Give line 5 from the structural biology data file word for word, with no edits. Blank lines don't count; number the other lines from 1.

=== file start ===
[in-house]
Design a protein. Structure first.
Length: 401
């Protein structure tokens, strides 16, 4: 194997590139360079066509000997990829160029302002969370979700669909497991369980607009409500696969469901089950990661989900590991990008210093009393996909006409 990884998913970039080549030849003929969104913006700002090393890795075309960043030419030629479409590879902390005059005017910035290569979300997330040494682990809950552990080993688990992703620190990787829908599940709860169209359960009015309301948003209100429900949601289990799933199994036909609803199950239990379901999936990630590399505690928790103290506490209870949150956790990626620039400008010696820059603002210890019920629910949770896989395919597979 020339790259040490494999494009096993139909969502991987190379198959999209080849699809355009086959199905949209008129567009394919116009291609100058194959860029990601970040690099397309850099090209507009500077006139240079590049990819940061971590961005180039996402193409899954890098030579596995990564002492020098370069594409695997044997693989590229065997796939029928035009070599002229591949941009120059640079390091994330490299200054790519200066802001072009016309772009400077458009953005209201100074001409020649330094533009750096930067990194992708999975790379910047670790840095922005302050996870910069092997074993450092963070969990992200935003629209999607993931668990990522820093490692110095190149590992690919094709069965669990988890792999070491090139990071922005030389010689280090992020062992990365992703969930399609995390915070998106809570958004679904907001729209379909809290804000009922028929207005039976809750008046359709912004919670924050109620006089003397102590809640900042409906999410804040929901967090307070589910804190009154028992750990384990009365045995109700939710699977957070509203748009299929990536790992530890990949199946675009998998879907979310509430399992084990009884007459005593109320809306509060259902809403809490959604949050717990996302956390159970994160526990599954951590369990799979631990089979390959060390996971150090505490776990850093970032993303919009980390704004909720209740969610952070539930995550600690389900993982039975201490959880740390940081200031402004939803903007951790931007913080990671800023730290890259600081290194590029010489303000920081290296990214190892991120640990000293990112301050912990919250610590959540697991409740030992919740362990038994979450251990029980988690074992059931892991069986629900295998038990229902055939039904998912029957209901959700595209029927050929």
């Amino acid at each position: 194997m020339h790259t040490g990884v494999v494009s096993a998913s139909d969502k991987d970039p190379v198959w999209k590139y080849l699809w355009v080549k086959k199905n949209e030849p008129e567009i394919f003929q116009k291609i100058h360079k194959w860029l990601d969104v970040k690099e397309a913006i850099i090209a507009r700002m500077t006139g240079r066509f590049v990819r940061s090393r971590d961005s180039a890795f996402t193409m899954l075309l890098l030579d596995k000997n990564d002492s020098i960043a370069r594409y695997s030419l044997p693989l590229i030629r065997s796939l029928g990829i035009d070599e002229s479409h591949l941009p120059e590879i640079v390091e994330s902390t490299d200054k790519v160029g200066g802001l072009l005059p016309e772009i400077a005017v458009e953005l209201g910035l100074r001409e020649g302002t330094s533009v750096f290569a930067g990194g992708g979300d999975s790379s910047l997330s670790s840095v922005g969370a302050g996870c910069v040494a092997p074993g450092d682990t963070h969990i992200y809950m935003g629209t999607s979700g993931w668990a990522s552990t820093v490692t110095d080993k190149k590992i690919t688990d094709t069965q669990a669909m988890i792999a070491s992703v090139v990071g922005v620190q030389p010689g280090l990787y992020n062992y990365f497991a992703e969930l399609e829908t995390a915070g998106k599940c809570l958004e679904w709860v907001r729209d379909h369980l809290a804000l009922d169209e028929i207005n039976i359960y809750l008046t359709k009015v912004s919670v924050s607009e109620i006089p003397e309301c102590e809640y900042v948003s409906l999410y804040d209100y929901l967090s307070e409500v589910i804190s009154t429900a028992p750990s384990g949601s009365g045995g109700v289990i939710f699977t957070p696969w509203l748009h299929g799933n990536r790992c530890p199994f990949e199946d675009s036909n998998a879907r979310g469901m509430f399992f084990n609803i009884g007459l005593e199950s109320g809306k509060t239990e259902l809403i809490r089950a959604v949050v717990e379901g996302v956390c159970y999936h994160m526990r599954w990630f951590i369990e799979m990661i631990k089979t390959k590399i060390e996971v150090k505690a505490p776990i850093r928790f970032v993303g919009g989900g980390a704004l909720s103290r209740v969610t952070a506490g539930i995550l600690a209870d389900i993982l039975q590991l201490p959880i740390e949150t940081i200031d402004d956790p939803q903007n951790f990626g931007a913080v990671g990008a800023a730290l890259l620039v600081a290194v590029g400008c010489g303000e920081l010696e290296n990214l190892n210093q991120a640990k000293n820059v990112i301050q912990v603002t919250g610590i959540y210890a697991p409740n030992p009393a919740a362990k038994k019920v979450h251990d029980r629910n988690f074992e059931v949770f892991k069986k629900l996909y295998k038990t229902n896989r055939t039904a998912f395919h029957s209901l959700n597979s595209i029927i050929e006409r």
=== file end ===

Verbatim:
């Amino acid at each position: 194997m020339h790259t040490g990884v494999v494009s096993a998913s139909d969502k991987d970039p190379v198959w999209k590139y080849l699809w355009v080549k086959k199905n949209e030849p008129e567009i394919f003929q116009k291609i100058h360079k194959w860029l990601d969104v970040k690099e397309a913006i850099i090209a507009r700002m500077t006139g240079r066509f590049v990819r940061s090393r971590d961005s180039a890795f996402t193409m899954l075309l890098l030579d596995k000997n990564d002492s020098i960043a370069r594409y695997s030419l044997p693989l590229i030629r065997s796939l029928g990829i035009d070599e002229s479409h591949l941009p120059e590879i640079v390091e994330s902390t490299d200054k790519v160029g200066g802001l072009l005059p016309e772009i400077a005017v458009e953005l209201g910035l100074r001409e020649g302002t330094s533009v750096f290569a930067g990194g992708g979300d999975s790379s910047l997330s670790s840095v922005g969370a302050g996870c910069v040494a092997p074993g450092d682990t963070h969990i992200y809950m935003g629209t999607s979700g993931w668990a990522s552990t820093v490692t110095d080993k190149k590992i690919t688990d094709t069965q669990a669909m988890i792999a070491s992703v090139v990071g922005v620190q030389p010689g280090l990787y992020n062992y990365f497991a992703e969930l399609e829908t995390a915070g998106k599940c809570l958004e679904w709860v907001r729209d379909h369980l809290a804000l009922d169209e028929i207005n039976i359960y809750l008046t359709k009015v912004s919670v924050s607009e109620i006089p003397e309301c102590e809640y900042v948003s409906l999410y804040d209100y929901l967090s307070e409500v589910i804190s009154t429900a028992p750990s384990g949601s009365g045995g109700v289990i939710f699977t957070p696969w509203l748009h299929g799933n990536r790992c530890p199994f990949e199946d675009s036909n998998a879907r979310g469901m509430f399992f084990n609803i009884g007459l005593e199950s109320g809306k509060t239990e259902l809403i809490r089950a959604v949050v717990e379901g996302v956390c159970y999936h994160m526990r599954w990630f951590i369990e799979m990661i631990k089979t390959k590399i060390e996971v150090k505690a505490p776990i850093r928790f970032v993303g919009g989900g980390a704004l909720s103290r209740v969610t952070a506490g539930i995550l600690a209870d389900i993982l039975q590991l201490p959880i740390e949150t940081i200031d402004d956790p939803q903007n951790f990626g931007a913080v990671g990008a800023a730290l890259l620039v600081a290194v590029g400008c010489g303000e920081l010696e290296n990214l190892n210093q991120a640990k000293n820059v990112i301050q912990v603002t919250g610590i959540y210890a697991p409740n030992p009393a919740a362990k038994k019920v979450h251990d029980r629910n988690f074992e059931v949770f892991k069986k629900l996909y295998k038990t229902n896989r055939t039904a998912f395919h029957s209901l959700n597979s595209i029927i050929e006409r």